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Estate Planning

This section is being expanded. We could have written hundreds of pages on estate planning. In fact, there are many books currently on the market, and your attorney, financial advisor, estate planner, accountant, etc., can provide you with a great deal more information than is covered here. We have just chosen to cover a few of the subjects that seem to be at the forefront of seniors’ concerns right now.

It is important to have a basic estate plan in place.

This plan should include:

  • A will and a living will or medical power of attorney
  • An assignment of power of attorney
  • In some cases a trust (check with your attorney)
  • A list of all your assets and where they are
  • See bottom of this page for questionnaire
  • A discussion with your attorney involving whom do you want to inherit various assets.
  • Whom do you want handling your affairs if you are unable to act yourself?
  • Whom do you want making medical decisions if you are unable to act yourself?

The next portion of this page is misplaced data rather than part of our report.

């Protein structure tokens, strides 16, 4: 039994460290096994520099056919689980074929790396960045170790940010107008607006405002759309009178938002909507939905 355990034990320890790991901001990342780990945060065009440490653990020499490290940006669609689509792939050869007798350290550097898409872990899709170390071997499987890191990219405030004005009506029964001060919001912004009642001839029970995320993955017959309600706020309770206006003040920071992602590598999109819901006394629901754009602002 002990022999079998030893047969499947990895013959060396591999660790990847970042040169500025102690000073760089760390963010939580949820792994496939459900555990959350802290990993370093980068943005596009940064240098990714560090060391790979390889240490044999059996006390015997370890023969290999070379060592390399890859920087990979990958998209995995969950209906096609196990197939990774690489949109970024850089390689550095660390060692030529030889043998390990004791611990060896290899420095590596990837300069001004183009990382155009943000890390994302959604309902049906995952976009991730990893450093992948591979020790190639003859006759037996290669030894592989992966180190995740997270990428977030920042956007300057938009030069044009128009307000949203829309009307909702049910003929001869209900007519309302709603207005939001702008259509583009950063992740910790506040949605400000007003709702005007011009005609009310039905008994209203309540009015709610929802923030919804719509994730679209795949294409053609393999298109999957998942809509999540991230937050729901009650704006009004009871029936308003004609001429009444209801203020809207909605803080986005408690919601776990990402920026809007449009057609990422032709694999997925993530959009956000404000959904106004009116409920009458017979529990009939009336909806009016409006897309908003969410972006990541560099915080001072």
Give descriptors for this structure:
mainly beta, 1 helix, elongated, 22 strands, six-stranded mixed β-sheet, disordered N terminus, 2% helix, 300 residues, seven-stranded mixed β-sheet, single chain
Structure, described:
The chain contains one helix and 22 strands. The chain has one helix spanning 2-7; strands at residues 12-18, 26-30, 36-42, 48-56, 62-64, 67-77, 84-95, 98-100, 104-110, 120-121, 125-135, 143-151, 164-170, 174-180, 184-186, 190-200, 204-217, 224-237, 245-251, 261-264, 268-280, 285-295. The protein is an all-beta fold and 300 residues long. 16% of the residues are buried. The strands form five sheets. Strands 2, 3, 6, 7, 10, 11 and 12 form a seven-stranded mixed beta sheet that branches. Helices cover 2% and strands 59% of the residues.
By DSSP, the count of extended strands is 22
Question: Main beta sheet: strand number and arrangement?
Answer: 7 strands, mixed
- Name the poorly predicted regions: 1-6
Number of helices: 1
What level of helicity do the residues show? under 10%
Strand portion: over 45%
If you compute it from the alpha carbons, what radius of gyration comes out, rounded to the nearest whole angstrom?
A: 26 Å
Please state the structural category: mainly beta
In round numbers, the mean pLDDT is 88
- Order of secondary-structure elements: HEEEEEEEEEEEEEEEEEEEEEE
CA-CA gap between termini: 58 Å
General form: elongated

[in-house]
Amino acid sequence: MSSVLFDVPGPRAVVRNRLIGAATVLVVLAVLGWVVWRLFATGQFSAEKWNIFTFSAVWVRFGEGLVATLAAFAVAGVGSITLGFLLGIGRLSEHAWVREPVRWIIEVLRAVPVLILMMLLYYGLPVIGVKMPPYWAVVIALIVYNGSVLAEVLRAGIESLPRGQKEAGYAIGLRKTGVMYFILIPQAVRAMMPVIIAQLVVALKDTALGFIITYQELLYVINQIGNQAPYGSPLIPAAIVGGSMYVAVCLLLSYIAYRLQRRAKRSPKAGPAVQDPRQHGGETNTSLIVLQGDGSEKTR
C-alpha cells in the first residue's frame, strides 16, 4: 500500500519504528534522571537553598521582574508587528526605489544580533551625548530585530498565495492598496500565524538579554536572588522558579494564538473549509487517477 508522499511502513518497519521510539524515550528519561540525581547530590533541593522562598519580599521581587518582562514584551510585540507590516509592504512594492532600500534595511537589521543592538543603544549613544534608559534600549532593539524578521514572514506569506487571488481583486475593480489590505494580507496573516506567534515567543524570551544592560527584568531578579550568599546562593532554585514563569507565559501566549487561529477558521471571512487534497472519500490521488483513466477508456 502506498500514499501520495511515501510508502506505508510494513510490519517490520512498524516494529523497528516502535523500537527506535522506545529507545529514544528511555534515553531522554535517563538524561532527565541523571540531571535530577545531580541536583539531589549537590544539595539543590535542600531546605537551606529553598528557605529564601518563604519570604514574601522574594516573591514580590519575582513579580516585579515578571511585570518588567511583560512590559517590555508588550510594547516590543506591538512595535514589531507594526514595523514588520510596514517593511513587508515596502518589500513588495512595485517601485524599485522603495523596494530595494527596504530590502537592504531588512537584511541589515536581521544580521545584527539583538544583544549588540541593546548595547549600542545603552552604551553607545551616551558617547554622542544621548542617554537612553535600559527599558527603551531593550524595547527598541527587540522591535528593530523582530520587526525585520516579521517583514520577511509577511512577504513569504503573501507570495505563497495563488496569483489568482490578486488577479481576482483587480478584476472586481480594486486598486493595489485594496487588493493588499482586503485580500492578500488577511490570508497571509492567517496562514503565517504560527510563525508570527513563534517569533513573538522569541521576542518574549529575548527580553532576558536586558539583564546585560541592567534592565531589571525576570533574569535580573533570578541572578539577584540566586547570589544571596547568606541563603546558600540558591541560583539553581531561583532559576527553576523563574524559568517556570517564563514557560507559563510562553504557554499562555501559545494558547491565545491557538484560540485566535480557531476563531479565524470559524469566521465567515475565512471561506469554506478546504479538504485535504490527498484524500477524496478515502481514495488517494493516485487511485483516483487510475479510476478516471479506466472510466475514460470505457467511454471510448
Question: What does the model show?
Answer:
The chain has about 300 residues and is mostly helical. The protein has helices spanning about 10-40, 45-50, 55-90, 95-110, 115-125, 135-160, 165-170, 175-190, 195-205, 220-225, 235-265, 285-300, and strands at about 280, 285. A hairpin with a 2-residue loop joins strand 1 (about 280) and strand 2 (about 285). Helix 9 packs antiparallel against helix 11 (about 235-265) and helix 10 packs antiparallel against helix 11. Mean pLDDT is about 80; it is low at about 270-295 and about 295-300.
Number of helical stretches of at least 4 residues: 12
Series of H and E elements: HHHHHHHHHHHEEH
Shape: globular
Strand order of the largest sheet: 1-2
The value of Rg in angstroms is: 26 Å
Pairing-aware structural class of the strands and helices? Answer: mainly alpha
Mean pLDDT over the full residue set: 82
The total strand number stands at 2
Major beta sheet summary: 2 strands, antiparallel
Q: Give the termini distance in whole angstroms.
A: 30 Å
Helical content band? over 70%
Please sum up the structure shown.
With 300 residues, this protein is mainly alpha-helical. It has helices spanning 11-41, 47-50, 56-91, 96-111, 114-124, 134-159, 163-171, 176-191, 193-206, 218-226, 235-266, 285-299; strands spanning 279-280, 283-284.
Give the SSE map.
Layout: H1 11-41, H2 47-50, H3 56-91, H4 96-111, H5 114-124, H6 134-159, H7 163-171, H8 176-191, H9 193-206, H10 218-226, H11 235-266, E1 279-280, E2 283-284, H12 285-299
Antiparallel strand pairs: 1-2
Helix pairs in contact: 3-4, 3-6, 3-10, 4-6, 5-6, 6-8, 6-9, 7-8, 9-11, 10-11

• How do you want your assets distributed?
  • Do you want to name a guardian for your children?
 For additional information and to find a local estate planning provider click here.

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If you are interested in locating an elder law attorney near where you live go to www.naela.org and click on "locate an elder law attorney" near where you live.

To reach a list of attorneys specializing in estate planning, go to the American College of Trust and Estate Counsel’s Web site, http://www.actec.org/public/roster/search.asp.

The American Bar Association Website, offers the following advice:

When asked, “Should I give a member of my family a power of attorney?” the following answer is provided: “There is no easy answer to this question. You could be creating a difficult situation for your family and heirs. You could also be solving a number of problems.
 
Your attorney should be able to give you guidelines to follow however it is usually best to get your children and heirs to approve these plans ahead of time. However it is important to ‘spell out’ what you want ahead of time. This approach generally avoids at least some of problems (and suits) that could result. Remember the power of attorney covers your finances but you also need a document that covers your health care decisions if you are unable to act for yourself. A medical power of attorney can help, but each state has different laws and regulations governing what can and can’t be done.
Copyright 2014 by Retired Brains